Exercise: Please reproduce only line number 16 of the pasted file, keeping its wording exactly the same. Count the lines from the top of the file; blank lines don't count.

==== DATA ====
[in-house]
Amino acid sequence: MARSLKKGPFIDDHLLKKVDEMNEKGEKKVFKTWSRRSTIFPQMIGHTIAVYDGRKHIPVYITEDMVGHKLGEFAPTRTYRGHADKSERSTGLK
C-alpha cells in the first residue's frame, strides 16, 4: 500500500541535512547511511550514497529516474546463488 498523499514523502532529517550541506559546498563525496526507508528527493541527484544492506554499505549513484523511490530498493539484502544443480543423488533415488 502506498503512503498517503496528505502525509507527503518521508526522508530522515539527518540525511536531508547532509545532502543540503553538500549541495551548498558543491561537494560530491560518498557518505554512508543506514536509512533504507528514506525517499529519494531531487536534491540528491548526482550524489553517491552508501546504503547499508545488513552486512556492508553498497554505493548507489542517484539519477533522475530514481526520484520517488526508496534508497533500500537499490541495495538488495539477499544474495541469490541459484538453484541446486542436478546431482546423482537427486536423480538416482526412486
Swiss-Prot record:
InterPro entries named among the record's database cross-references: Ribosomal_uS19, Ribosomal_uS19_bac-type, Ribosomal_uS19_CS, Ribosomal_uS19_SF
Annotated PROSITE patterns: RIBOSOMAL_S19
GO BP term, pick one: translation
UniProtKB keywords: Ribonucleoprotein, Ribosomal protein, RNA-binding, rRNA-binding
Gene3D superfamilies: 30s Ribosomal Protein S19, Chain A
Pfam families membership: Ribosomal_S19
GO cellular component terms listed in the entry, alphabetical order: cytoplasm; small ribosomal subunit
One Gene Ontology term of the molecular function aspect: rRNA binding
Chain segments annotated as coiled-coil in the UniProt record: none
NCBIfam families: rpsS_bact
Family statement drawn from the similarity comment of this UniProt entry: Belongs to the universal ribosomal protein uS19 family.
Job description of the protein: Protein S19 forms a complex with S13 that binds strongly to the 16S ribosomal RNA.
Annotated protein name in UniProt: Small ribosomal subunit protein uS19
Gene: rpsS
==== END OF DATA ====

Job description of the protein: Protein S19 forms a complex with S13 that binds strongly to the 16S ribosomal RNA.